Mass transit is research

I may be on a major learning curve when it comes to the business side of writing, but I do have a  handle on the process. Every writer has personal tricks of the trade. These methods, silly or not, help her to keep the oil full in the inspiration and motivation lantern. 

I have my own ways. They could work for someone else. They could not. Everyone is different and if you have any aspirations of putting pen to paper, it would be helpful to explore what works for you. Don’t just sit there expecting the next great novel to magically appear in your lap, written, edited and ready for publication.

I have always been a bit of a people watcher. It was only in my later years when I started taking the writing more seriously, that I realized my hobby of harmlessly spying on what’s going on around me was priming the pump to bring ideas, characters and situations to the surface so I could describe them and create a story. 

I take a transit bus to work every morning and home again at night. Like most commuters, I see it as a necessary evil. I could complain about the squawking children, smelly bodies in summer, rude riders who seem to think it’s their own private limo. I have moments where I’m fed up with it, but mostly, I like to find myself a seat someplace and inconspicuously begin looking… I mean really looking… at the people sitting, standing and moving around me.

I find all of them interesting. I’m not as two dimensional as some drippy editor at “Only Beautiful Skinny People” magazine. I get engrossed in noting people’s features first. How is the nose shaped? Eye colour? Expression? Cheekbones? Hair style? Skin tone? It’s all fascinating. Lines on faces tell a story. Far off looks make me wonder what they’re thinking and what oceans do they have to cross in their lives. What are they wearing? Are they carrying a purse, books, shopping bags, a briefcase? 

Once I’m on the bus, it doesn’t take me long to pick one or two people on which to focus. A person can be any ethnicity, any age, any gender. I will see where they would fit into a story I’m already writing or a new story will begin to open up, making my mind suddenly pregnant with story possibilities. By the time I get home, I am racing to sit down and type out paragraphs. Sometimes I start scribbling right on the bus. Once in a while, I will make a quick recording of an idea that popped into my mind while the oblivious passengers carry on with their business. 

Sometimes that makes me feel guilty. There they are, inspiring me, and they don’t even know that they’ve done it. I’ve seen young men, eyes rife with worries, plans or questions, and I’ve thought, “There’s my leading man for such and such a book.” I’ve seen women who obviously don’t think they’re beautiful, but I see their quality and would be intruding if I said so. They end up walking and talking as a character in my work.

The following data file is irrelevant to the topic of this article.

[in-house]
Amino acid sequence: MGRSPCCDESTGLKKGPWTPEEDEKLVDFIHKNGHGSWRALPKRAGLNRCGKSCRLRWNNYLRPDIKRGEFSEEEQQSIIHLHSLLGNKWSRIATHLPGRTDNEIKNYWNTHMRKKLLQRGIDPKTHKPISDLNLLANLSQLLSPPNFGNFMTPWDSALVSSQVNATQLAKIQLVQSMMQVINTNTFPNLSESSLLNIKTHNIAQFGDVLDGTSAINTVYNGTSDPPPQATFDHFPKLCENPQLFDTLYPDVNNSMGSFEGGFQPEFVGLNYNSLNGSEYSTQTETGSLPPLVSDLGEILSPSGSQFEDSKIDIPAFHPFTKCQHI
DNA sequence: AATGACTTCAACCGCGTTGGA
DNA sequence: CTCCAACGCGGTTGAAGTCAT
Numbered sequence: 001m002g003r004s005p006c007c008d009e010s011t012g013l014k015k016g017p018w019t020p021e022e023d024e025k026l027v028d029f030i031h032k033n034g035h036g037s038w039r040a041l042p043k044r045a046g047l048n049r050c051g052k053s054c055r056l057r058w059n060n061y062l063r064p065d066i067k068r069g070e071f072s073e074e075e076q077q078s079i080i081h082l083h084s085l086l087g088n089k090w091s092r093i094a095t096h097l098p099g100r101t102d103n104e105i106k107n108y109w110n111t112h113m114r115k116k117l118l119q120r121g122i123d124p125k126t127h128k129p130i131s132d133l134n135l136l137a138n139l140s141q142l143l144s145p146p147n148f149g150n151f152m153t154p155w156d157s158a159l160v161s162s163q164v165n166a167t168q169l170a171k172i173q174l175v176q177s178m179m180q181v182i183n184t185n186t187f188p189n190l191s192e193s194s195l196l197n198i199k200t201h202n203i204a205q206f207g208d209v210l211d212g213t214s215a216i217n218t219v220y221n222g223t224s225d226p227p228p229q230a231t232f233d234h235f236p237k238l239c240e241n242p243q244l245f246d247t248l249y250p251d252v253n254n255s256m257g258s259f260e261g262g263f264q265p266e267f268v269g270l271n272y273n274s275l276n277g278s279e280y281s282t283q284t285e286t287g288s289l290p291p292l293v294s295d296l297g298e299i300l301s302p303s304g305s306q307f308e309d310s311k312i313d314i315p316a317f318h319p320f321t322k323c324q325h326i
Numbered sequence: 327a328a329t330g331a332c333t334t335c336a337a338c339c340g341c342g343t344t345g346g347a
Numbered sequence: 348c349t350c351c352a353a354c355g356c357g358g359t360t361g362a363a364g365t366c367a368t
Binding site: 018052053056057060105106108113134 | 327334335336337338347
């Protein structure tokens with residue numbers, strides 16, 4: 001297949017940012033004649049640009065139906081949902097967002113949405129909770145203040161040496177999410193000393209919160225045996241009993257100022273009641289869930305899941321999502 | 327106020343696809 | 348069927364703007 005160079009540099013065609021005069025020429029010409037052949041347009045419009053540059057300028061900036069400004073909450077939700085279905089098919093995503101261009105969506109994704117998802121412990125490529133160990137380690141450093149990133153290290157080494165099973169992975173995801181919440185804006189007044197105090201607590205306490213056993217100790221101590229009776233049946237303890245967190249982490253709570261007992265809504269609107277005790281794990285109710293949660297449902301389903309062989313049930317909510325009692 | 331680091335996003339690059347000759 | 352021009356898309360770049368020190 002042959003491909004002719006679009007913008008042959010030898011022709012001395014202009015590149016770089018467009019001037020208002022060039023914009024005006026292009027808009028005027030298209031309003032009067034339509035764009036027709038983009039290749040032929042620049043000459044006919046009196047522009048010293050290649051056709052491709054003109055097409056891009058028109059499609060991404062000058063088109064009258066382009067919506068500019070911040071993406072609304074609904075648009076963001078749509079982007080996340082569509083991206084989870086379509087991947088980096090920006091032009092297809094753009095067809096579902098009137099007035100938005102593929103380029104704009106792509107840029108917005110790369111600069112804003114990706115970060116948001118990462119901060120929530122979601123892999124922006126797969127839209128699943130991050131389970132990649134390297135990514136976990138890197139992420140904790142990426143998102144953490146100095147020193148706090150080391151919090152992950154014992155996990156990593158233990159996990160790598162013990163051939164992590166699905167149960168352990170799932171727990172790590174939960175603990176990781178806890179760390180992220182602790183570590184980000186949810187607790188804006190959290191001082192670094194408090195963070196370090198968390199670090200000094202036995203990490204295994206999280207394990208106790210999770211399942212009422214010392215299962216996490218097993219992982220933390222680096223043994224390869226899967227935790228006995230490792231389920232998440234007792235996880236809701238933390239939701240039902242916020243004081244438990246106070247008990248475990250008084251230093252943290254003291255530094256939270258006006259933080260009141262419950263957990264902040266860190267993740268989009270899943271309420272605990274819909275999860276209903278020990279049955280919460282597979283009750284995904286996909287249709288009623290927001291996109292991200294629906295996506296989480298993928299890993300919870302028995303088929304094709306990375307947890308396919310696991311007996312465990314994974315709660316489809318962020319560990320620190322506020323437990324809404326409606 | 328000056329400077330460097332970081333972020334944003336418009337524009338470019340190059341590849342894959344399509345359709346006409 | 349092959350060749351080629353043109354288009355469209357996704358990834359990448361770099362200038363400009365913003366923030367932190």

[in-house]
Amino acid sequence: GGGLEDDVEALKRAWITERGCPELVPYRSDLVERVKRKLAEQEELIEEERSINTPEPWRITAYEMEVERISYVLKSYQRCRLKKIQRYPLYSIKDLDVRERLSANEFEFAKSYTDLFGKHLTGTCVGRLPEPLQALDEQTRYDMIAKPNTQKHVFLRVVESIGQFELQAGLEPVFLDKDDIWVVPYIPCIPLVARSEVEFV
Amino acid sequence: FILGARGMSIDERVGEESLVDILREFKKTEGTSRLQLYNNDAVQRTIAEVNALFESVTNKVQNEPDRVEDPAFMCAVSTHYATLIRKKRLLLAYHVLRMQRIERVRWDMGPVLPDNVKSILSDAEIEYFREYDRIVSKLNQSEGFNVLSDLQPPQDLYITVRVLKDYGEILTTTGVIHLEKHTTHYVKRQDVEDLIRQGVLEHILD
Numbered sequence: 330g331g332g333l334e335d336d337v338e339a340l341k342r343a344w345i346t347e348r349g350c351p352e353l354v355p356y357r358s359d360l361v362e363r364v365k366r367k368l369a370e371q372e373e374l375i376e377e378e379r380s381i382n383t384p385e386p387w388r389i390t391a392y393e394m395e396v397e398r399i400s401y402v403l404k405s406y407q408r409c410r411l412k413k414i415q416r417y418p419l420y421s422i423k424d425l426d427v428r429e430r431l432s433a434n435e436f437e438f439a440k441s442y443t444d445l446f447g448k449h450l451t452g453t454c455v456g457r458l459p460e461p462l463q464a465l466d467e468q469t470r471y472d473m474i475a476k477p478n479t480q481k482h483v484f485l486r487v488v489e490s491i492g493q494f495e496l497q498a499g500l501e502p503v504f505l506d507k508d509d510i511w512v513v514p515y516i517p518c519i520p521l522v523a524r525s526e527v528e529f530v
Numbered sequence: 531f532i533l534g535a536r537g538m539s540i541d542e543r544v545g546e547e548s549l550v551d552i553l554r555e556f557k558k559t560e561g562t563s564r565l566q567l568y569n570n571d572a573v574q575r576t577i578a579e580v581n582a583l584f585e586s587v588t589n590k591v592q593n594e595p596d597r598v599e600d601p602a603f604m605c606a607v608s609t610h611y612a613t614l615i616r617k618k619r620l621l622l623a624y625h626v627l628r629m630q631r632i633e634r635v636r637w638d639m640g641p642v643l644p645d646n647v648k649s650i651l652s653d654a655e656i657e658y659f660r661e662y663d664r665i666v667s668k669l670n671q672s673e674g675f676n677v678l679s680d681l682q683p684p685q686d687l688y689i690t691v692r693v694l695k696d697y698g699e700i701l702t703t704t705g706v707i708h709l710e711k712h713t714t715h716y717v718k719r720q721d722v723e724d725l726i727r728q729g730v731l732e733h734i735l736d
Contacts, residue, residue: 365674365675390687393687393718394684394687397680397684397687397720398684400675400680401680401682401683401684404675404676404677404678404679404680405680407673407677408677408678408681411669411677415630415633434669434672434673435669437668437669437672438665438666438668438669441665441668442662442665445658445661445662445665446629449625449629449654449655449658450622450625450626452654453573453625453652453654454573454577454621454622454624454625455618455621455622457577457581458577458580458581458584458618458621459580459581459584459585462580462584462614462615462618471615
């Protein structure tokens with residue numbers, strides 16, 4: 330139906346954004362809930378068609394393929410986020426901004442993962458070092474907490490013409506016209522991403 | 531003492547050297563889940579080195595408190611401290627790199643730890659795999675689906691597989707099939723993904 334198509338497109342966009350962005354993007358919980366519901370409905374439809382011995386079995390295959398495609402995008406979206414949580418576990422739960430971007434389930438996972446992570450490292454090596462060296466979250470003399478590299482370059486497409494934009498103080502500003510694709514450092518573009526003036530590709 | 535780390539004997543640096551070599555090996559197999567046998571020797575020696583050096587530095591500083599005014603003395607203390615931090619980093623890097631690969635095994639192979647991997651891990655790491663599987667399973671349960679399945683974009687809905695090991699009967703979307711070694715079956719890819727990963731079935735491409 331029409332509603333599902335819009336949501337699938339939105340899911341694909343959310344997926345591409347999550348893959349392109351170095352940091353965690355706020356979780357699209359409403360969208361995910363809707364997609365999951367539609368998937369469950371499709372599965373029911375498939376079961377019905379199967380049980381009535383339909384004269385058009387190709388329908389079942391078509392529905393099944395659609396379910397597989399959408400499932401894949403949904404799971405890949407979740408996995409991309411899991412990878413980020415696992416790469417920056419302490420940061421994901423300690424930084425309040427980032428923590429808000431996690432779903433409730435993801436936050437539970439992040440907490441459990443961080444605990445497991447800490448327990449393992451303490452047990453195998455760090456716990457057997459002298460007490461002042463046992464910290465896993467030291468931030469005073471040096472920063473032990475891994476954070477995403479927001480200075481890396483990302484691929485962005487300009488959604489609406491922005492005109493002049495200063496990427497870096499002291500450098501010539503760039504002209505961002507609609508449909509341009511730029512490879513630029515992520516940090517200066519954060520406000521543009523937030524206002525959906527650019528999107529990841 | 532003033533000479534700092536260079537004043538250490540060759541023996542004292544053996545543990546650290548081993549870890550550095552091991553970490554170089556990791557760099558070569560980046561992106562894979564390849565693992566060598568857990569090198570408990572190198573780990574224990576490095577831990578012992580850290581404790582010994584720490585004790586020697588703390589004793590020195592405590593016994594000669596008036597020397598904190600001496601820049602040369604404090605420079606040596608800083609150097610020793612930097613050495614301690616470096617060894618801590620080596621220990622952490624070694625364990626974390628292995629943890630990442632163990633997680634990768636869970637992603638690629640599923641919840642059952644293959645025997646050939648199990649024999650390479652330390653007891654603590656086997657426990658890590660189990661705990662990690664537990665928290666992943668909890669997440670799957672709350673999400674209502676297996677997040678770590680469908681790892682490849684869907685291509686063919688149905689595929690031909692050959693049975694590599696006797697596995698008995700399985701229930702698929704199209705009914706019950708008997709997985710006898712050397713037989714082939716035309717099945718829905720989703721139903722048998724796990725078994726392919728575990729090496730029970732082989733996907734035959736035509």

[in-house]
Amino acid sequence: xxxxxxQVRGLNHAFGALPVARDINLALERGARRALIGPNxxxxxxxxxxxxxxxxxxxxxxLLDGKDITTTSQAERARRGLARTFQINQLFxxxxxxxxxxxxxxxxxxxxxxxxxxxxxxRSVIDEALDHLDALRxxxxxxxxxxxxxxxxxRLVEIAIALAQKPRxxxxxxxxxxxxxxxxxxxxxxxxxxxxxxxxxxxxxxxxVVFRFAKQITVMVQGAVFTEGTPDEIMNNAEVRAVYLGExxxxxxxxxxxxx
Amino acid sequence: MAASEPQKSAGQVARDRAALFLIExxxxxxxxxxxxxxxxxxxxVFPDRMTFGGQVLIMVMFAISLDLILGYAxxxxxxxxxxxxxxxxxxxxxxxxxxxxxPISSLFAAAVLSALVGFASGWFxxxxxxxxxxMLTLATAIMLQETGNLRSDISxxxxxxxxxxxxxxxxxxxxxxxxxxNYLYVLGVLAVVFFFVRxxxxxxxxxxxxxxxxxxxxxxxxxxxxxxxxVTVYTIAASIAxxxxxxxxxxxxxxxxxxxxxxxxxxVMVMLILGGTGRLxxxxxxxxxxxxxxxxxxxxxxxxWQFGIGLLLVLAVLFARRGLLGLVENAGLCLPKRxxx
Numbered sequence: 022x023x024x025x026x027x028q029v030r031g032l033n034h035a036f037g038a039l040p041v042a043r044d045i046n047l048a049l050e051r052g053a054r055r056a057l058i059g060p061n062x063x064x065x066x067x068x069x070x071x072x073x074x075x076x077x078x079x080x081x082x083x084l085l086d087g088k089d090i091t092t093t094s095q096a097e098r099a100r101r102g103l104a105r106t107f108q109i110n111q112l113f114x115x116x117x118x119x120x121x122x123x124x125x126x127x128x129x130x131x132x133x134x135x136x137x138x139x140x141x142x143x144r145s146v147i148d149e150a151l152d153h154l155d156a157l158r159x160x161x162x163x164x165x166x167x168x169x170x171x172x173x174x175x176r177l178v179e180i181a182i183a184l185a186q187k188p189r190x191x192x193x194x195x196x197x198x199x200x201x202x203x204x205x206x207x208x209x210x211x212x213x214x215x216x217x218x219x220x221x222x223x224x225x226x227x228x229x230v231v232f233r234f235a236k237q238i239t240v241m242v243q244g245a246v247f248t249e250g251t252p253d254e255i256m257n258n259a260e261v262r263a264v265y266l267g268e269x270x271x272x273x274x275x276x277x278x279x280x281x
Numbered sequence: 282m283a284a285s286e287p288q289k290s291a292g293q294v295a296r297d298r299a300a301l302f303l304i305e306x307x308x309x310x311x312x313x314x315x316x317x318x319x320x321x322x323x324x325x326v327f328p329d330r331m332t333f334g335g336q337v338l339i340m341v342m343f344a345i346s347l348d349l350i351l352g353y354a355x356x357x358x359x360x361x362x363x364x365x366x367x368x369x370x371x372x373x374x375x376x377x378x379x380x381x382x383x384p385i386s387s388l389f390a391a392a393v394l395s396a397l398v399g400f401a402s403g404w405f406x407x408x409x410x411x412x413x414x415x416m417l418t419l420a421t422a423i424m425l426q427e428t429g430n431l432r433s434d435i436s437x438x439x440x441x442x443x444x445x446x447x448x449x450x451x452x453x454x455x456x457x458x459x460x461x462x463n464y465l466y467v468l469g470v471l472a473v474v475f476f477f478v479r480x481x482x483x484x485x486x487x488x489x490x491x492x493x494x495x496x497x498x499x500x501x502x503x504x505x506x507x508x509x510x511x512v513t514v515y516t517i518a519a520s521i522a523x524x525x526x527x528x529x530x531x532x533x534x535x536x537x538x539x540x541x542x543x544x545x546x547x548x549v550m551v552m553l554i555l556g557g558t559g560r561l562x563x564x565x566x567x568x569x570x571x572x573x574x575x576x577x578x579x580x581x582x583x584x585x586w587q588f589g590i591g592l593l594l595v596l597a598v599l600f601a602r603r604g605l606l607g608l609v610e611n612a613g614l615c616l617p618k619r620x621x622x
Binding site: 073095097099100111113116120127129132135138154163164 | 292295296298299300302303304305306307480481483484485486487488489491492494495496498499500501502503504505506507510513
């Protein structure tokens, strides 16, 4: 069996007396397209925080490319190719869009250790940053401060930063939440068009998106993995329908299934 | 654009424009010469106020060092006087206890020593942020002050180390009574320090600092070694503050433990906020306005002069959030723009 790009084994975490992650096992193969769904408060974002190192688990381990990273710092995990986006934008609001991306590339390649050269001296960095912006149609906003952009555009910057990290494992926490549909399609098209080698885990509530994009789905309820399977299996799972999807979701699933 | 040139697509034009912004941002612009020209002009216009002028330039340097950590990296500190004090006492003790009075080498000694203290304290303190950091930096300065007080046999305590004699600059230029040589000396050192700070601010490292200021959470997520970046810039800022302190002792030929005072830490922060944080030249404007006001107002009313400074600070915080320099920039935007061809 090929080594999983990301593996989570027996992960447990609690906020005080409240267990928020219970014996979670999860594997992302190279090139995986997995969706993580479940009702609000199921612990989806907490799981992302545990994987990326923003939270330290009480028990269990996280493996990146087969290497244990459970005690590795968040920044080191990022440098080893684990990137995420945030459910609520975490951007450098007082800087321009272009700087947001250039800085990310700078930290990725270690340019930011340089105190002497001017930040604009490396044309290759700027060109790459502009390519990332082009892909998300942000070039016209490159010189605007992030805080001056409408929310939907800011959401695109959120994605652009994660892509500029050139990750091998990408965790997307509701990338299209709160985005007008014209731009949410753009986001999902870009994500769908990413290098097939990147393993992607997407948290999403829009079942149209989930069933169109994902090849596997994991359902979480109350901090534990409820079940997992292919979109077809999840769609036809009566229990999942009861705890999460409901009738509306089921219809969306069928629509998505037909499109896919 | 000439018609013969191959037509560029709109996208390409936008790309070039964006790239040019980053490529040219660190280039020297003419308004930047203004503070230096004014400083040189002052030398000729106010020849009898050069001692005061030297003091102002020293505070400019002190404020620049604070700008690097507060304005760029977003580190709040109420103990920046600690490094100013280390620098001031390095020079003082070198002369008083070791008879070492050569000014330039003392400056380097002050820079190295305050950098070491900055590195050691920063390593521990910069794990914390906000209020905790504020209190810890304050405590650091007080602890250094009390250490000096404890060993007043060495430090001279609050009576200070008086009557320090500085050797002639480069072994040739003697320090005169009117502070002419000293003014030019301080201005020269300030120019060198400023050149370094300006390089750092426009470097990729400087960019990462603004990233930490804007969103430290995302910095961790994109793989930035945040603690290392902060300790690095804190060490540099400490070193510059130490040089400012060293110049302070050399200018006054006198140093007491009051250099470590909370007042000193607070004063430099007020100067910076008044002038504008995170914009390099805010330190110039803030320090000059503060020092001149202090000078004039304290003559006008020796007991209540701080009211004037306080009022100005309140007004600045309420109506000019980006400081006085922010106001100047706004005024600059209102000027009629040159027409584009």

I can’t tell them. Of course I can’t. Then, I would have to confess not only to the heroes and heroines, but to the villains too. I’ve seen my lead characters. I’ve seen the quirky, eccentric ones. I’ve even picked out faces and frames that I can use to be outright jackasses and bad guys. They could be wonderful in real life, but for a few minutes on the bus, they were the masterminds of dastardly deeds! 

In the novel I have almost completed, I have a character that is nasty. I actually thought I had described him in an unrealistic way until one day, I saw a headline about a man being arrested. His picture was on the front cover of the paper and, lo and behold, my mouth agape, I exclaimed “That’s him!” Truth can be stranger than fiction.

I have started writing a new novel even though I’m not finished the other one. The characters were screaming at me, so I wrote. A week later, I was in a mall and smiled when I saw a lady sitting in the food court and I said, “That’s my Gladys. It looks just like her.” 

If you want to write, learn to people watch. It’s a valuable tool and the more you do it, the more you get used to inventing characters and making them authentic. I hear snippets of real conversations around me and it helps me write dialogue. If you don’t want to go out and be a public voyeur, turn on television channels that deal with real situations and watch and listen to the people. I don’t find that as effective, but some folks really don’t like the idea of watching strangers in public. I like it. It’s not harming anyone. I’m not stalking them. I just watch a portion of their world for a few minutes and it helps me to create believable fiction. 

95 000 words later and my first draft is nearly done. I am 10 000 words into the second book. These two seem to be racing now. How fun! I wonder who will catch my attention today. It might be you. Don’t be alarmed. I don’t want to know your personal life. I just want to use you as… a template. Tee hee hee.

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